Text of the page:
I first met anime director and mechanical designer Shinji Aramaki in Tokyo 12 years ago. He had just completed “Appleseed: Ex Machina,” the second in a trio of epic CG-animated films based on Masamune Shirow’s four-volume 1985 manga.
“Ex Machina” was a global collaboration: co-produced by Hong Kong/Hollywood director John Woo, costumed by Italy’s Miuccia Prada and scored by Yellow Magic Orchestra’s Haruomi Hosono.
Since then, Aramaki has become anime’s go-to guy for Japanese franchise reboots and sequels targeting international markets. As the nation’s domestic audience ages and its youth population shrinks, producers are scrambling to dust off older titles that might resonate both at home and abroad. That has them going to Aramaki a lot.
Now 58 and the father of two adult daughters, he is currently working alongside screenwriter/director Kenji Kamiyama on anime adaptations of 1989’s “Ghost in the Shell” for Netflix and 1982’s “Blade Runner” for Cartoon Network and Crunchyroll.
Last month, Netflix released the duo’s anime version of “Ultraman,” based on a 2011 manga that was a continuation of the classic long-running tokusatsu (special effects) TV series, which debuted in 1966. Ultraman and his brethren (the Ultra Brothers) are alien beings that descend to earth and merge with a human to help the Japanese branch of the Science Patrol battle exotic monsters bent on destruction.
The legendary Eiji Tsuburaya (1901-70) of “Godzilla” fame created the original live-action TV show, the first in Japan to be exported. Over the past five decades the Ultraman brothers became ubiquitous in Japan and other parts of Asia through posters, costumes, T-shirts, toys and adverts for products ranging from Honda vehicles to Hawaiian vacations. Ultraman merchandise alone generates over $50 million (¥5.5billion) a year in Japan.
The 13 CG-animated episodes released on Netflix are loaded with fights, replacing the TV series’ “suitmation” (actors wrestling in rubber suits) with digital motion-capture footage. But the focus is on the heroes’ inter-generational dynamics — more psychodrama than monster-of-the-week.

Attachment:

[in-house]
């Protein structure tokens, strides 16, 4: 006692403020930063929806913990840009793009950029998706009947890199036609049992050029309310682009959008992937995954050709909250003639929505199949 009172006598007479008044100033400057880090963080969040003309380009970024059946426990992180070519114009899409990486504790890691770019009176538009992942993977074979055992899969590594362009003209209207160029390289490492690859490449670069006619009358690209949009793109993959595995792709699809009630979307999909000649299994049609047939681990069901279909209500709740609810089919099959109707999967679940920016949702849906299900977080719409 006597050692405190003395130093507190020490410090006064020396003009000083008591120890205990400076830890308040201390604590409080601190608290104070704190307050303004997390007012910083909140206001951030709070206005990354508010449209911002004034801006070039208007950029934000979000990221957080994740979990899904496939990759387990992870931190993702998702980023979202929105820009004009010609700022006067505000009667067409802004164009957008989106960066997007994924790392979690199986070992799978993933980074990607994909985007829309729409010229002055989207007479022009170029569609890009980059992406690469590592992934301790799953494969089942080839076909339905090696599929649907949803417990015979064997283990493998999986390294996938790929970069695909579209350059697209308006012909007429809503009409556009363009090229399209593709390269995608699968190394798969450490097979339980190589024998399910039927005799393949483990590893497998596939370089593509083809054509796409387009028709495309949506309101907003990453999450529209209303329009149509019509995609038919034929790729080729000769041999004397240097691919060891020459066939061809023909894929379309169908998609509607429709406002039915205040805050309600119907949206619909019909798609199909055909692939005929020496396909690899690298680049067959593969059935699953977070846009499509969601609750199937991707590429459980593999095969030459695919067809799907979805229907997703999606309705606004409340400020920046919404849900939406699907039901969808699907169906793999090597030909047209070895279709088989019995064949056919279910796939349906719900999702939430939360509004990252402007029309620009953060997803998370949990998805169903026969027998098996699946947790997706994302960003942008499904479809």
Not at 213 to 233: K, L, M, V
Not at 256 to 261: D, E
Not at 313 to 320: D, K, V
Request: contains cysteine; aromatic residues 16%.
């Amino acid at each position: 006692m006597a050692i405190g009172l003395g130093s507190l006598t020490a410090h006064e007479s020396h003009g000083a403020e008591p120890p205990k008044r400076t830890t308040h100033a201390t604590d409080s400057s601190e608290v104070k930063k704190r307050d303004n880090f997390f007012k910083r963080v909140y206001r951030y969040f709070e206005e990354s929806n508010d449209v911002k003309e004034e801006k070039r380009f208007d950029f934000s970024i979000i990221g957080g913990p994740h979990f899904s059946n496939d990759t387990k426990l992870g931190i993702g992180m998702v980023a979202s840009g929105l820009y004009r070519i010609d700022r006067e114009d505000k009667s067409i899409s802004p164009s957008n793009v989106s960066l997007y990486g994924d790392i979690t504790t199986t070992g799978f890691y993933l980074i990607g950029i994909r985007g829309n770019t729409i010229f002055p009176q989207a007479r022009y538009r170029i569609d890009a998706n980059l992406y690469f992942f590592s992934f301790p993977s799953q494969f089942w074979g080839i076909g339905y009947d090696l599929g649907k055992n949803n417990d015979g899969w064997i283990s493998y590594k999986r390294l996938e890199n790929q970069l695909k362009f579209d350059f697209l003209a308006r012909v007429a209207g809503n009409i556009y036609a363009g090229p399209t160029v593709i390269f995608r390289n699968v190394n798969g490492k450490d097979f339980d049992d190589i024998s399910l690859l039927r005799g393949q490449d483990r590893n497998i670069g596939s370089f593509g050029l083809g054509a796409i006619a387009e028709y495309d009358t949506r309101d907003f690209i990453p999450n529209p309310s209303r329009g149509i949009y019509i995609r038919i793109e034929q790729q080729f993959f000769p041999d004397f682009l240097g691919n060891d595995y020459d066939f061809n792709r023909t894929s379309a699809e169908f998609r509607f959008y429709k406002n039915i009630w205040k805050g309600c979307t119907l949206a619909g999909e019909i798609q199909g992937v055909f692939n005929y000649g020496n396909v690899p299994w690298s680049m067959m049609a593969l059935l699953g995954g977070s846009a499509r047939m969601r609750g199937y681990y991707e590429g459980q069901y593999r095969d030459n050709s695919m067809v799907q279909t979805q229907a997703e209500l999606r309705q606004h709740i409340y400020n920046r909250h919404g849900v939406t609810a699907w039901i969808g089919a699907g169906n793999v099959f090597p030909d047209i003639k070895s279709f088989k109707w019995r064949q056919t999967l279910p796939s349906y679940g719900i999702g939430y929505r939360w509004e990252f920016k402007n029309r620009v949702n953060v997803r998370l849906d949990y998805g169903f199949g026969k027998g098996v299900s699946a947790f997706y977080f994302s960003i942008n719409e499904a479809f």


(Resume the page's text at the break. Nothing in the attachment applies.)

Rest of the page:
Shin Hayata, the original Ultraman mortal, shows up in his 60s, white-haired and semi-retired, while three younger Ultraman characters, including Hayata’s tentative and often tongue-tied son, Shinjiro, struggle unsteadily to take up the mantle. The youngest of the bunch, Seiji Hokuto, an effeminate high school freshman, mocks and eventually challenges Shinjiro, and it takes a female pop idol named Rena Sayama to fortify his self-esteem and remind him of his powers and responsibilities.
At Sola Digital Arts Inc. studio in suburban west Tokyo, the trim, bespectacled Aramaki tells me that he and Kamiyama, also a father, wanted to explore the Ultraman story from the perspective of parents, given the stark generation gap in contemporary Japan.
“Young Japanese men today lack confidence and self-awareness, and I don’t know why,” he says, shrugging. “Maybe they’re over-earnest. They seem to set the bar too high for themselves, so it’s hard for them to see that they’re actually doing okay. They worry about everything.”